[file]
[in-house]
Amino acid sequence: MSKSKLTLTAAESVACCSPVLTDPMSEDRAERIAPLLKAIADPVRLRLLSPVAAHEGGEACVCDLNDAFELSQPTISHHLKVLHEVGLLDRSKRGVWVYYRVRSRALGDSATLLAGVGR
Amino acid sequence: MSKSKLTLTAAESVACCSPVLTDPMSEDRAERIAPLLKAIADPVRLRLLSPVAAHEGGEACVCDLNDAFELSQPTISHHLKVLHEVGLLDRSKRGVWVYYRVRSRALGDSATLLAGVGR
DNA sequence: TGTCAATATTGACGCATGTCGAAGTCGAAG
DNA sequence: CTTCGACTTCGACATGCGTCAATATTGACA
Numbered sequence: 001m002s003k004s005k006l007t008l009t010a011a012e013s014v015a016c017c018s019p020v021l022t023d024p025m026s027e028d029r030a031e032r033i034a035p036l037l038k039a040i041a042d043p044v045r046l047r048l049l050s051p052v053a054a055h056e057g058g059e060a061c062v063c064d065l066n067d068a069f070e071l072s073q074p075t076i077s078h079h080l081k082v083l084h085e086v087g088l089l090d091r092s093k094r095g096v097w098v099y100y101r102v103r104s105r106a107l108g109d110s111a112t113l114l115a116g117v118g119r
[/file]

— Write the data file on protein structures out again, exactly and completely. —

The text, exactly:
[in-house]
Amino acid sequence: MSKSKLTLTAAESVACCSPVLTDPMSEDRAERIAPLLKAIADPVRLRLLSPVAAHEGGEACVCDLNDAFELSQPTISHHLKVLHEVGLLDRSKRGVWVYYRVRSRALGDSATLLAGVGR
Amino acid sequence: MSKSKLTLTAAESVACCSPVLTDPMSEDRAERIAPLLKAIADPVRLRLLSPVAAHEGGEACVCDLNDAFELSQPTISHHLKVLHEVGLLDRSKRGVWVYYRVRSRALGDSATLLAGVGR
DNA sequence: TGTCAATATTGACGCATGTCGAAGTCGAAG
DNA sequence: CTTCGACTTCGACATGCGTCAATATTGACA
Numbered sequence: 001m002s003k004s005k006l007t008l009t010a011a012e013s014v015a016c017c018s019p020v021l022t023d024p025m026s027e028d029r030a031e032r033i034a035p036l037l038k039a040i041a042d043p044v045r046l047r048l049l050s051p052v053a054a055h056e057g058g059e060a061c062v063c064d065l066n067d068a069f070e071l072s073q074p075t076i077s078h079h080l081k082v083l084h085e086v087g088l089l090d091r092s093k094r095g096v097w098v099y100y101r102v103r104s105r106a107l108g109d110s111a112t113l114l115a116g117v118g119r